Center and right photos by Tony Rotundo, WrestlersAreWarriors.com
NCAA wrestling returned this week and there was competition across the country. The feast included intriguing duals and fascinating open tournaments, giving us a first look at the new rules, true freshman, and who made big strides over the summer. November is a wonderful time to be a fan of the greatest sport in the land and this weekend presented a smorgasbord of wrestling to binge upon. When the dust cleared, these eight wrestlers distinguished themselves from the rest with outstanding performances. Without further ado, we present the top performances from week one.
9) Gustafson Comes Out Hot
Gustafson won an ACC title as a true freshman but hasn’t been back to the NCAA tournament since. Last year he looked like he was getting back to that level, going 21-8, but fell just short. If his opening weekend is any indication, his senior season should end in Cleveland. When he rolled past Gabe Townsell (Stanford), a 2017 NCAA qualifier at 125, 12-1 in a dual on Saturday, it was fair to wonder if Townsell might just be too small, but Gustafson continued making a statement at the Hokie Open on Sunday. Dennis took the title, getting past Cam Kelly (Ohio), a 2016 NCAA qualifier that was in the top 20 at times last season, 9-7 in the final.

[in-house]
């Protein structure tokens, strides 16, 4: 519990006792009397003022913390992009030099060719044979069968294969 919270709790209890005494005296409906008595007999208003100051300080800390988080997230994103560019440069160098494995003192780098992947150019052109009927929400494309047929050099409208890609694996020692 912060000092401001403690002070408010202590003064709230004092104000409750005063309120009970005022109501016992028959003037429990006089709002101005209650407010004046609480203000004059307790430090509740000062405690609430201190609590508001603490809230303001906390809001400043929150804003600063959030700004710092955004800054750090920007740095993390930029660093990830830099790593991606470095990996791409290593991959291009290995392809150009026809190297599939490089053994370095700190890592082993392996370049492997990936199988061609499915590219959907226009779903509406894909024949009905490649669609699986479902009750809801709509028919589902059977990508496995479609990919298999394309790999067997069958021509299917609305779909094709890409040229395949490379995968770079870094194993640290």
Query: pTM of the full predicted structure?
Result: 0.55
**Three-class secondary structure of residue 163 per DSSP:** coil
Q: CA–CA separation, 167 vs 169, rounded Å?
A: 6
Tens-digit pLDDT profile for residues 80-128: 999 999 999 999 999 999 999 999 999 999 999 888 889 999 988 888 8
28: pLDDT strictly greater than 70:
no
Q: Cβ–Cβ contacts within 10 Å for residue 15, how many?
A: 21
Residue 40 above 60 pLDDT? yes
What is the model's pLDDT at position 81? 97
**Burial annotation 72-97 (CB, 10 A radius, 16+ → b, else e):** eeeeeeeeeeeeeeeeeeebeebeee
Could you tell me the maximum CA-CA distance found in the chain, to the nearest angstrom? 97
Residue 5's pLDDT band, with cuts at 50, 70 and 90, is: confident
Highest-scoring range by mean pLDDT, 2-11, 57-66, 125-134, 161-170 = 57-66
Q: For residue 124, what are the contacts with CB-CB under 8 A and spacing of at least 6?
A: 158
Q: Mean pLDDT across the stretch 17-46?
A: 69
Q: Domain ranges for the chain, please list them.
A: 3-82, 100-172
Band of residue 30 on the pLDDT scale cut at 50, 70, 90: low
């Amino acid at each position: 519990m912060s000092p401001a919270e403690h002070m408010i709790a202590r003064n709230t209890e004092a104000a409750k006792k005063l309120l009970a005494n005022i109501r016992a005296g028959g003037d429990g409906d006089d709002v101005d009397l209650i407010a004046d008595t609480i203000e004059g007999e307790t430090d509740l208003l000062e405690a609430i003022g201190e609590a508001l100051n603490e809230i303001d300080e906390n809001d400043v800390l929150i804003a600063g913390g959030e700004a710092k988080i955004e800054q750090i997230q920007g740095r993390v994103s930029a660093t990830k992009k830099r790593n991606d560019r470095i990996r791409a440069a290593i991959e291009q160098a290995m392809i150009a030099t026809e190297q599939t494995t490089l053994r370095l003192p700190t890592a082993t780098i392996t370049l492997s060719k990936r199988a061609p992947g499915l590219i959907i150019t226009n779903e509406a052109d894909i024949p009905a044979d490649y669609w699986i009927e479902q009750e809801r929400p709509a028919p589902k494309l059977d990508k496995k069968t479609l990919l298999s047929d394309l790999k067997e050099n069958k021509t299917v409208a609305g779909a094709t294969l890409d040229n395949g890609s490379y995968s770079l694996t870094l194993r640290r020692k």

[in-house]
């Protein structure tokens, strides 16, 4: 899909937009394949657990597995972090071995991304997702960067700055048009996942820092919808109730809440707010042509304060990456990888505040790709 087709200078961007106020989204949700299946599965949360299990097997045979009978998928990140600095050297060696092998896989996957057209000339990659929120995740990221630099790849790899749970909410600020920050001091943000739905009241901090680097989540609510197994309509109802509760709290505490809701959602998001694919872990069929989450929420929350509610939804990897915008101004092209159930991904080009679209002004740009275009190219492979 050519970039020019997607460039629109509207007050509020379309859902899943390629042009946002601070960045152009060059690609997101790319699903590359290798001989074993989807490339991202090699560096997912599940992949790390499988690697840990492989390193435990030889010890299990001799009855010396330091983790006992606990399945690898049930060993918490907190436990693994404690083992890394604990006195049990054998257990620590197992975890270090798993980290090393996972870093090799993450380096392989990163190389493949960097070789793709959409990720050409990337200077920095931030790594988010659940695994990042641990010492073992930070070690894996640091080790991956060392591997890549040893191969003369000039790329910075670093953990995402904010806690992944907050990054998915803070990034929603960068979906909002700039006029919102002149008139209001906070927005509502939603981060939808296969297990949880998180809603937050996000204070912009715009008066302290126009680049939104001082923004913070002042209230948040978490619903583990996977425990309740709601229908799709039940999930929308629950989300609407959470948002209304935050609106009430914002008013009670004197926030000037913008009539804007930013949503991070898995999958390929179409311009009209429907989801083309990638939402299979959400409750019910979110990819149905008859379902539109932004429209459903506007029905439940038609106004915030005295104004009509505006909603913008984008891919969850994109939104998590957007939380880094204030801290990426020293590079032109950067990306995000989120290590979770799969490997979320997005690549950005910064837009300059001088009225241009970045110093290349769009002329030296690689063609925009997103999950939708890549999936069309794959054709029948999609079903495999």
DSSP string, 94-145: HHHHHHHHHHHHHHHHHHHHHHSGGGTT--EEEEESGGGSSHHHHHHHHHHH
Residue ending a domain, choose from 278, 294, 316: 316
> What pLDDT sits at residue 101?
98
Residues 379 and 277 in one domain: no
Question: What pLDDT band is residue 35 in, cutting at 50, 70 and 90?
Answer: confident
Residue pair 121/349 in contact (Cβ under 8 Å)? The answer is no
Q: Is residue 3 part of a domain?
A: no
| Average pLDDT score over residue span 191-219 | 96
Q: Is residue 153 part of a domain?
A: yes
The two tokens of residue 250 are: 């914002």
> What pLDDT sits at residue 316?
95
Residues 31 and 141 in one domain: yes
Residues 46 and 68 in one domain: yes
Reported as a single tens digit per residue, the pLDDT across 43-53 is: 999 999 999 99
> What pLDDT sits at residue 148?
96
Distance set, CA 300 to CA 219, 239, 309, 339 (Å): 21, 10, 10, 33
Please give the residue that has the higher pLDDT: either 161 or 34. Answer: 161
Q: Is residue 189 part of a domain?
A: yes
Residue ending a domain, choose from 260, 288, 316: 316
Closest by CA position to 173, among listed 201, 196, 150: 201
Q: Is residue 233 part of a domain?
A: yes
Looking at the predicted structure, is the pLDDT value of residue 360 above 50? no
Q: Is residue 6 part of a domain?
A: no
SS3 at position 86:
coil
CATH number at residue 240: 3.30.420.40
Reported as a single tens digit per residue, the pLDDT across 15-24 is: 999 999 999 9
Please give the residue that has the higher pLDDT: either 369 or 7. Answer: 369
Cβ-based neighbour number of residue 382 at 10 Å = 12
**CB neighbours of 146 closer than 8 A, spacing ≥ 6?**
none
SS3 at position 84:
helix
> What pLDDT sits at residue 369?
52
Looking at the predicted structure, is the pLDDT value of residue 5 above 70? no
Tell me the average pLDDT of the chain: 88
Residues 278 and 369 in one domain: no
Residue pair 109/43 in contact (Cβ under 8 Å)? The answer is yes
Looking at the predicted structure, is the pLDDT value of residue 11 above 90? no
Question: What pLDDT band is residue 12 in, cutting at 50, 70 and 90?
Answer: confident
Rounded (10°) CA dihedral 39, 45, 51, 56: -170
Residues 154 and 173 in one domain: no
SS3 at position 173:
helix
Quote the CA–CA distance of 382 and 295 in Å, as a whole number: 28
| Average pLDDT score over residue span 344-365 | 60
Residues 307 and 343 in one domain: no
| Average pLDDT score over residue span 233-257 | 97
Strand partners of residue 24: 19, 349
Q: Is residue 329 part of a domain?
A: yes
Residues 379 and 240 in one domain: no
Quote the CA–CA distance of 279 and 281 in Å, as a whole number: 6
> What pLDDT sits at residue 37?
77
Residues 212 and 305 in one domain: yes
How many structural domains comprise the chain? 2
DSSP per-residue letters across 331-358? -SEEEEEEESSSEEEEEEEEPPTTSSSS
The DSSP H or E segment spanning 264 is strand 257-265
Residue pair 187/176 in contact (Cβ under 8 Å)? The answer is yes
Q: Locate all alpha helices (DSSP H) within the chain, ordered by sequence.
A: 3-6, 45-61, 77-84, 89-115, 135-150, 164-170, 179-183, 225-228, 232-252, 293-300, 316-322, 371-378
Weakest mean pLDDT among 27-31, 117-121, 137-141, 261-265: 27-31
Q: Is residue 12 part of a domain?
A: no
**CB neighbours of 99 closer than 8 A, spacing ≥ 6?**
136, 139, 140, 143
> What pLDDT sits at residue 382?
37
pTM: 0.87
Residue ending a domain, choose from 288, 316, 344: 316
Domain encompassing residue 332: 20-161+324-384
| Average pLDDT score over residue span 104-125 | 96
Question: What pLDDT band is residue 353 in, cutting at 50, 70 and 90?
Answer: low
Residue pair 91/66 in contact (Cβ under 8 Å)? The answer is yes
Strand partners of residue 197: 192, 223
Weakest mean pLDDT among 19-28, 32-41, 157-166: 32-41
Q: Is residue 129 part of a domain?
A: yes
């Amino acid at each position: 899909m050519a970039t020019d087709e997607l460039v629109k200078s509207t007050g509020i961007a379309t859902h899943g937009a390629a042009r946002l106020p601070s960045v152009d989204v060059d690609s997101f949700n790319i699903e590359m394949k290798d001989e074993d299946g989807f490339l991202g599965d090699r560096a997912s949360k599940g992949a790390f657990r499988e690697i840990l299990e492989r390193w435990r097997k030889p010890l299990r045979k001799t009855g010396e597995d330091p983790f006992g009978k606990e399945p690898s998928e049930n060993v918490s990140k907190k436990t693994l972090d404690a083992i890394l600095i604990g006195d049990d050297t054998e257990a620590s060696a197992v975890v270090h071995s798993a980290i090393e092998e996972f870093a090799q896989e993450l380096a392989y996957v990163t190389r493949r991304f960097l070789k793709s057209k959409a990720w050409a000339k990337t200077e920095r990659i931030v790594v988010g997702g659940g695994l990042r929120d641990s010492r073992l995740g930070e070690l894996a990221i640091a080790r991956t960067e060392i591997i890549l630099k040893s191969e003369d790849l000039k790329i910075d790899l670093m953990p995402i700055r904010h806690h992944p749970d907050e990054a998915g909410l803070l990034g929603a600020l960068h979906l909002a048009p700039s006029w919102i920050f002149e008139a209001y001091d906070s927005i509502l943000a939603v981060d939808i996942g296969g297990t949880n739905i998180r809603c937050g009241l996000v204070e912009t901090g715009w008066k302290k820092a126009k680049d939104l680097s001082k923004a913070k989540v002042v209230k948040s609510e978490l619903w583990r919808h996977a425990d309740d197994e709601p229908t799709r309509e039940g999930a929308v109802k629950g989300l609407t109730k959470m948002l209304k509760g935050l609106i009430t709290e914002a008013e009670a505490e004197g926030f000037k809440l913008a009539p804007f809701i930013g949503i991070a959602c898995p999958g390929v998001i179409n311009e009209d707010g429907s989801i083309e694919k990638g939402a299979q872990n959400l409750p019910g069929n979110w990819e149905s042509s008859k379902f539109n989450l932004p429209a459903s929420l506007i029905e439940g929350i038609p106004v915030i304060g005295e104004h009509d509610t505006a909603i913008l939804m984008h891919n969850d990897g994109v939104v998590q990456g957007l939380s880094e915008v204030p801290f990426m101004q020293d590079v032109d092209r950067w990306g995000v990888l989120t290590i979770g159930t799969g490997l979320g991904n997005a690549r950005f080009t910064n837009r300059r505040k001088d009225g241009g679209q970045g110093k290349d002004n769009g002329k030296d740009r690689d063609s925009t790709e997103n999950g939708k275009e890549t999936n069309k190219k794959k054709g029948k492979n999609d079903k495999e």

8) Young Panther Heavyweight Makes a Statement
Many of the heavyweights from programs around Iowa competed at the Harold Nichols Cyclone Open on Saturday. In the end, Carter Isley (Northern Iowa) stood alone on top of the podium. The redshirt freshman made his way to the finals with three consecutive falls including pinning 2016 NAIA national champion Dean Broghammer (Grand View) and Gannon Gremmel (Iowa State), another redshirt freshman looking to have a big career. Isley finished his tour of Iowa by taking down another Cyclone heavyweight, Marcus Harrington. 3-2 in the finals.